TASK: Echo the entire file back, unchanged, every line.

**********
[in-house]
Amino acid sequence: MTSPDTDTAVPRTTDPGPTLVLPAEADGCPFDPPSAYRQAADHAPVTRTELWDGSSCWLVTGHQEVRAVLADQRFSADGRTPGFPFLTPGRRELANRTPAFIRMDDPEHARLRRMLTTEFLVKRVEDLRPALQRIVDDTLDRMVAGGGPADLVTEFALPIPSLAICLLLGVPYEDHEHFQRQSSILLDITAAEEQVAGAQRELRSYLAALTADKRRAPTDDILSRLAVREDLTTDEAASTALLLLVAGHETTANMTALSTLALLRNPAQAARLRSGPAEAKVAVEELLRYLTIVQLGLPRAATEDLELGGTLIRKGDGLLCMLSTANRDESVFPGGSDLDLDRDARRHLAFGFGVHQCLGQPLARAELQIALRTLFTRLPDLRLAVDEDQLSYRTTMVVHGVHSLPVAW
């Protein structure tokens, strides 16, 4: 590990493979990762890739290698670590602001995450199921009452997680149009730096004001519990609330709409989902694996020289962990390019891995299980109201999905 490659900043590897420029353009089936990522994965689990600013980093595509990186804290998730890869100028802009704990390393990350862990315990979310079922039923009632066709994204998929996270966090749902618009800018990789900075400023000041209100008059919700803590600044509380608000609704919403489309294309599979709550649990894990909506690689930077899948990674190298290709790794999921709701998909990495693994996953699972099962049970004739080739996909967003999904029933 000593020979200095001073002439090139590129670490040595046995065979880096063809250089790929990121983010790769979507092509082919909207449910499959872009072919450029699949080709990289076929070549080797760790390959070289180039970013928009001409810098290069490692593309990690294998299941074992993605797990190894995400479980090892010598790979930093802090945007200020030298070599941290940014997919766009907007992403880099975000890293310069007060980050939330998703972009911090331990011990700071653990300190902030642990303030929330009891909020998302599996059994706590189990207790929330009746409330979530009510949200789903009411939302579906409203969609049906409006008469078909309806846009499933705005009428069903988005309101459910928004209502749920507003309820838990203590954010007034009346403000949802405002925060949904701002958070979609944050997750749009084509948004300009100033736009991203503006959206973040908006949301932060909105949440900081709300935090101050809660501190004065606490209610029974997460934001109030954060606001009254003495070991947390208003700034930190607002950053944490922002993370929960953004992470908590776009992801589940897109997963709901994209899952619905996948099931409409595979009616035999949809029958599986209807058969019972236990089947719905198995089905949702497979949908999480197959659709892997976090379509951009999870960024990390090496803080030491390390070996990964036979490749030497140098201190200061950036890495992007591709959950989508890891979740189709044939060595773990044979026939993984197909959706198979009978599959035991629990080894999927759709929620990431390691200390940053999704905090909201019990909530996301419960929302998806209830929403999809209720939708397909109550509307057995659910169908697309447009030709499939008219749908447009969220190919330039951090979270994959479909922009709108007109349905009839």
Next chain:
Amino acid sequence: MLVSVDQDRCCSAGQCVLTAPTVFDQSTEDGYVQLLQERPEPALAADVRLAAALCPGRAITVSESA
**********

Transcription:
[in-house]
Amino acid sequence: MTSPDTDTAVPRTTDPGPTLVLPAEADGCPFDPPSAYRQAADHAPVTRTELWDGSSCWLVTGHQEVRAVLADQRFSADGRTPGFPFLTPGRRELANRTPAFIRMDDPEHARLRRMLTTEFLVKRVEDLRPALQRIVDDTLDRMVAGGGPADLVTEFALPIPSLAICLLLGVPYEDHEHFQRQSSILLDITAAEEQVAGAQRELRSYLAALTADKRRAPTDDILSRLAVREDLTTDEAASTALLLLVAGHETTANMTALSTLALLRNPAQAARLRSGPAEAKVAVEELLRYLTIVQLGLPRAATEDLELGGTLIRKGDGLLCMLSTANRDESVFPGGSDLDLDRDARRHLAFGFGVHQCLGQPLARAELQIALRTLFTRLPDLRLAVDEDQLSYRTTMVVHGVHSLPVAW
């Protein structure tokens, strides 16, 4: 590990493979990762890739290698670590602001995450199921009452997680149009730096004001519990609330709409989902694996020289962990390019891995299980109201999905 490659900043590897420029353009089936990522994965689990600013980093595509990186804290998730890869100028802009704990390393990350862990315990979310079922039923009632066709994204998929996270966090749902618009800018990789900075400023000041209100008059919700803590600044509380608000609704919403489309294309599979709550649990894990909506690689930077899948990674190298290709790794999921709701998909990495693994996953699972099962049970004739080739996909967003999904029933 000593020979200095001073002439090139590129670490040595046995065979880096063809250089790929990121983010790769979507092509082919909207449910499959872009072919450029699949080709990289076929070549080797760790390959070289180039970013928009001409810098290069490692593309990690294998299941074992993605797990190894995400479980090892010598790979930093802090945007200020030298070599941290940014997919766009907007992403880099975000890293310069007060980050939330998703972009911090331990011990700071653990300190902030642990303030929330009891909020998302599996059994706590189990207790929330009746409330979530009510949200789903009411939302579906409203969609049906409006008469078909309806846009499933705005009428069903988005309101459910928004209502749920507003309820838990203590954010007034009346403000949802405002925060949904701002958070979609944050997750749009084509948004300009100033736009991203503006959206973040908006949301932060909105949440900081709300935090101050809660501190004065606490209610029974997460934001109030954060606001009254003495070991947390208003700034930190607002950053944490922002993370929960953004992470908590776009992801589940897109997963709901994209899952619905996948099931409409595979009616035999949809029958599986209807058969019972236990089947719905198995089905949702497979949908999480197959659709892997976090379509951009999870960024990390090496803080030491390390070996990964036979490749030497140098201190200061950036890495992007591709959950989508890891979740189709044939060595773990044979026939993984197909959706198979009978599959035991629990080894999927759709929620990431390691200390940053999704905090909201019990909530996301419960929302998806209830929403999809209720939708397909109550509307057995659910169908697309447009030709499939008219749908447009969220190919330039951090979270994959479909922009709108007109349905009839």
Next chain:
Amino acid sequence: MLVSVDQDRCCSAGQCVLTAPTVFDQSTEDGYVQLLQERPEPALAADVRLAAALCPGRAITVSESA